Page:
Are you struggling to be the perfect mom? Do you have a friend who appears to have it all together while you feel like you are coming apart at the seams? Do you have this idea of what the perfect mom looks like and how she behaves, but you are falling short in comparison? In chapter one of the book No More Perfect Moms author Jill Savage calls this the “Perfection Infection.” Let’s take a look at this disease we are suffering from and see if we can help one another find a cure!
No More Perfect Moms – Chapter 1 – The Perfection Infection
Every mom I know wants to be a genuine and authentic mom, yet she feels as though she is running crazy with the responsibilities of motherhood the same way a circus performer does when keeping all those plates spinning on long skinny poles. And when one of those plates comes crashing down, Mom feels the guilt and shame of not having everything in her life and family perfectly balanced.
In Chapter 1 of No More Perfect Moms we learn about some of the traps we moms often find ourselves in.
- The Comparison Game – In reality, our less-than-perfect life will never measure up to the seemingly-perfect life of another. No matter how hard we try, we’ll never win at the comparison game.
- The Wearing of The Mask – We all wear one (or more), going to great lengths to appear as though we ‘have it all together’. We hide our struggles for fear of appearing less than we ought. We put on a smile so others won’t know we are really crying inside.
With images of ‘perfection’ bombarding us from every direction these days, it seems more difficult than ever to be an authentic mom, to embrace our imperfections and let others know the ‘real me.’ Enter in “The Perfection Infection”. We compare, we put on our mask, we become discontent, we become critical of our husbands and children, then we raise our expectations. And we become infected – infected with the desire for perfection. We want perfect husbands, perfect children, perfect bodies, and perfect homes.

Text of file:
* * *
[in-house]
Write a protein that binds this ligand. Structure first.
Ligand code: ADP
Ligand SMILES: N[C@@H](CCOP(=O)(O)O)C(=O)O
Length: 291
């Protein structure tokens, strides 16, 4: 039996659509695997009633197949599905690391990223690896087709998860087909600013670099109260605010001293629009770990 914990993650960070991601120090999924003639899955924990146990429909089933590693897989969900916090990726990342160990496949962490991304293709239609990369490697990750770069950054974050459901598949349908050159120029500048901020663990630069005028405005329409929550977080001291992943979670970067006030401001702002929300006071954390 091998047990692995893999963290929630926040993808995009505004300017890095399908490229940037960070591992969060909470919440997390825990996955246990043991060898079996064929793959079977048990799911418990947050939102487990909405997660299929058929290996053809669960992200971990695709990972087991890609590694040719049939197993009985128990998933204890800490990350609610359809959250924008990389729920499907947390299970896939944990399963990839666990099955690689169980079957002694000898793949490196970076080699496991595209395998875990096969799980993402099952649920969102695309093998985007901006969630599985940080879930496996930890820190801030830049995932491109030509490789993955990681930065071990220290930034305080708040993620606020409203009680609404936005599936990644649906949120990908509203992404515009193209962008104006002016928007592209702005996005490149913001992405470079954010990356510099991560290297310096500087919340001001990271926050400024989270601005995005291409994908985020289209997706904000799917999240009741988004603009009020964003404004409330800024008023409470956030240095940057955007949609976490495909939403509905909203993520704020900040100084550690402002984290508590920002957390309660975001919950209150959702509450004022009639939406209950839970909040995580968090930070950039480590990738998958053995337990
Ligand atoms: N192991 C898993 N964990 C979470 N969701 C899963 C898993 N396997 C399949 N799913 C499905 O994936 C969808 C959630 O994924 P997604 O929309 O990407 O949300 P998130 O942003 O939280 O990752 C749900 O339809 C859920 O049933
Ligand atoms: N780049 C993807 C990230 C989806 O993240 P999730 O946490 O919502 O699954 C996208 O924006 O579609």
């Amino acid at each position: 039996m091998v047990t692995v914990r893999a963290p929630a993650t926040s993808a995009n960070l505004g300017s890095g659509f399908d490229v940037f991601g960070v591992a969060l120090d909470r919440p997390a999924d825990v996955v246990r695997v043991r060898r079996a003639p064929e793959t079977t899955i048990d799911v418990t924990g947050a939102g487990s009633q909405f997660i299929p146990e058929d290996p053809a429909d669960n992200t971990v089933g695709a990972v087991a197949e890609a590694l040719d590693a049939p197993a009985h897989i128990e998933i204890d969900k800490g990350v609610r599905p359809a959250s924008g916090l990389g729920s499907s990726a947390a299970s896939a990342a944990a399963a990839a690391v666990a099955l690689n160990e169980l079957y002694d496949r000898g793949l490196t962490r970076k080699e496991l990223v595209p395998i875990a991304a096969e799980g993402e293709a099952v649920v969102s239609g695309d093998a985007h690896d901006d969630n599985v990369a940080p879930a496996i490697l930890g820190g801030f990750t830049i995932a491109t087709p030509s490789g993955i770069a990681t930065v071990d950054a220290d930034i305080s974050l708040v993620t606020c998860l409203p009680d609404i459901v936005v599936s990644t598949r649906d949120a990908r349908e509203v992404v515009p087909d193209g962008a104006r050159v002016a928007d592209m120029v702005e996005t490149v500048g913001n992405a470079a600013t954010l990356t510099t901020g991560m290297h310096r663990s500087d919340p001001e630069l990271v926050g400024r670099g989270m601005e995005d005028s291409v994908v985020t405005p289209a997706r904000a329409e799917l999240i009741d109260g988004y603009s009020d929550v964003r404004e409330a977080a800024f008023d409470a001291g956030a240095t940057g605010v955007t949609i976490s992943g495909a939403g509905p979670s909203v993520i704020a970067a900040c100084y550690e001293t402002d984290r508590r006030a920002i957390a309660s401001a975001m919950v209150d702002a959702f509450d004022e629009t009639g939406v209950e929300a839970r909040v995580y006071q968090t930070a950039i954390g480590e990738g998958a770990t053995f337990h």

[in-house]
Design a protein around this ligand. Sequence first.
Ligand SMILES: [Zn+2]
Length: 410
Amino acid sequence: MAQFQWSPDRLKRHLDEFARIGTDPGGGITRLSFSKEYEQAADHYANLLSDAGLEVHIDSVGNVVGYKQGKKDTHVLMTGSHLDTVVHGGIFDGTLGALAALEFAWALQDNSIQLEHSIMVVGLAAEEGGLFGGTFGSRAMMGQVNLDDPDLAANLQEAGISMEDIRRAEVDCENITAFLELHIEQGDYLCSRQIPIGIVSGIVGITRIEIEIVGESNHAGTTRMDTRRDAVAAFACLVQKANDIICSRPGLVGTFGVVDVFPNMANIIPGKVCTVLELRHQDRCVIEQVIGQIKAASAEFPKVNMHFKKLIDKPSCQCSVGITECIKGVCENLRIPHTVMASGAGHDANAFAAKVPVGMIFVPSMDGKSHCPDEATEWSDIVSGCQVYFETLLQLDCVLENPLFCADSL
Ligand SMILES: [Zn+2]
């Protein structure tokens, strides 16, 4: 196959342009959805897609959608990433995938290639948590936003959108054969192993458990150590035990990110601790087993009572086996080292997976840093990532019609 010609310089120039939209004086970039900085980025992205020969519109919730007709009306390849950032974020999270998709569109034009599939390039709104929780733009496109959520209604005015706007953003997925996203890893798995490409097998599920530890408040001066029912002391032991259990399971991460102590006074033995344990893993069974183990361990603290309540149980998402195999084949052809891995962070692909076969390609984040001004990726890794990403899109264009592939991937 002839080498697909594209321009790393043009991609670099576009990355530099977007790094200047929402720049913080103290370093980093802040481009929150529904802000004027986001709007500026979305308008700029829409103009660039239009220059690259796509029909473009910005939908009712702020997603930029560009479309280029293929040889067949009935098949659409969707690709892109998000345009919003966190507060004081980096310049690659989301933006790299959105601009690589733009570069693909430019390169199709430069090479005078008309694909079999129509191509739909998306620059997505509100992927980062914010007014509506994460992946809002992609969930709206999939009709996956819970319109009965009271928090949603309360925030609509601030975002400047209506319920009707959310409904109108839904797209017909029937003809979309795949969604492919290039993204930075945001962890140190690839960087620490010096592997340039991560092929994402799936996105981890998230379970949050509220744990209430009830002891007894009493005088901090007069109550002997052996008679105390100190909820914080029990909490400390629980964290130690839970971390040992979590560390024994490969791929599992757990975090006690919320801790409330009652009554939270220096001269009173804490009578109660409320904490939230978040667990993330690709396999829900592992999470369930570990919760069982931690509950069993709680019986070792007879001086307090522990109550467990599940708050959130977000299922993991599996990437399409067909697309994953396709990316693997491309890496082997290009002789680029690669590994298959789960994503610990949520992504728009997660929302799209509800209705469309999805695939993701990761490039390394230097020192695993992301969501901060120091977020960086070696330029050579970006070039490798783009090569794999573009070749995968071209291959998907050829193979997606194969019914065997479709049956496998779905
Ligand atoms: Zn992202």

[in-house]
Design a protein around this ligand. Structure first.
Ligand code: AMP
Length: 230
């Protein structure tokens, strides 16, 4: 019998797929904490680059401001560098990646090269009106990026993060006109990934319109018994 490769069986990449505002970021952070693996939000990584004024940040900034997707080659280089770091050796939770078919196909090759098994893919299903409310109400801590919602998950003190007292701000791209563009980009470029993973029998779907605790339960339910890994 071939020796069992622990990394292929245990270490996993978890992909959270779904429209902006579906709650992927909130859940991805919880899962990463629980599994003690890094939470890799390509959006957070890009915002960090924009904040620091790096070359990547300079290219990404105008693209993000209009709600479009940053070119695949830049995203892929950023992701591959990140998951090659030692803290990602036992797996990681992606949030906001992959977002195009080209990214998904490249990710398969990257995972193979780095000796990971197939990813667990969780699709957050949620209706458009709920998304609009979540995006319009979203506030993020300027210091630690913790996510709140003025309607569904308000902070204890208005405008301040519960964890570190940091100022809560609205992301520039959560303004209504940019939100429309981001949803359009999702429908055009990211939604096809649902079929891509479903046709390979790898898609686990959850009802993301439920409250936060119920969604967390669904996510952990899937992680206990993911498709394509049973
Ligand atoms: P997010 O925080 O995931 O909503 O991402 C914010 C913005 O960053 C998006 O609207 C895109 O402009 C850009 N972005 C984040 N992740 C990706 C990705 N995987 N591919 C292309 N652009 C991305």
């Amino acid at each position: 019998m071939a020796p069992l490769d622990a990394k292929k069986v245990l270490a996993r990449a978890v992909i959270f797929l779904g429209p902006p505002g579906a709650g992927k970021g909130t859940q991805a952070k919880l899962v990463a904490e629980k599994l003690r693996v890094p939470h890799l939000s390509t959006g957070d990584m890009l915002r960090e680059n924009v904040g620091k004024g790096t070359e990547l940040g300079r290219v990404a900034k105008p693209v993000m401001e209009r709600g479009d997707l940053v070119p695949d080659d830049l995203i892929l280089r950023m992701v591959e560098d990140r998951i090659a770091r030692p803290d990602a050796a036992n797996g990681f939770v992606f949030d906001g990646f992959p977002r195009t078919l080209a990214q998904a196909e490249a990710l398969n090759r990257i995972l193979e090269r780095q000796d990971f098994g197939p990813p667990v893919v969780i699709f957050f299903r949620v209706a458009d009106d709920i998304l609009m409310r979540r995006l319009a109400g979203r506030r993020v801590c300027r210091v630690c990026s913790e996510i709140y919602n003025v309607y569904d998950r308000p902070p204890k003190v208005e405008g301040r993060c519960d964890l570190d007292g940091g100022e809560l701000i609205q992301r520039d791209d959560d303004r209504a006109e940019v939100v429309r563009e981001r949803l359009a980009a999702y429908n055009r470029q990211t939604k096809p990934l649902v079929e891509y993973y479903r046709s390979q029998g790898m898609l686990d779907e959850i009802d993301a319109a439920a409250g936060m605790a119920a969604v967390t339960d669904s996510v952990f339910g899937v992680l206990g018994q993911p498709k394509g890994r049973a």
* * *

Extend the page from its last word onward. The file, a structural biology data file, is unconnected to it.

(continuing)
These things keep us at arms length from our friends, our family, and our God. If we don’t give ourselves a reality check, we’ll become disappointed and disillusioned. Near the end of this chapter, Jill tells us about a request she made in a blog post, asking women to “share a one-word description of how they were feeling that day.” Very few of their answers positive. That tells me we women are too hard on ourselves. This “Perfection Infection” we are suffering from is choking the grace and joy out of our lives and our families.
Motherhood is full of amazing moments, great joy and beautiful relationships. If we are caught up in this comparison game and we are wearing those ‘perfect’ masks, we are missing out. So are our families. Can we really be authentic moms and still be good moms? The author challenges the reader to put away “being fake” because it cheats us of deeper relationships. How about being real with ourselves, with one another and with our families? Wouldn’t that be refreshing? Wouldn’t that be freeing? But how? In tomorrow’s post we will take a look at Chapter 2 and discuss the ‘antidote’ for the Perfection Infection. Come back and join us for the discussion!
Now, for a special treat – – Mandy, Misty and Bridget share their video discussion of Chapter 1.
Are you a victim of the Perfection Infection? How do you combat it?
If you’d like a copy of No More Perfect Moms you can find it at the author’s website or by doing a search at your favorite book supplier. You’ll find all the posts in the series by clicking on the image below. I hope you’ll join me!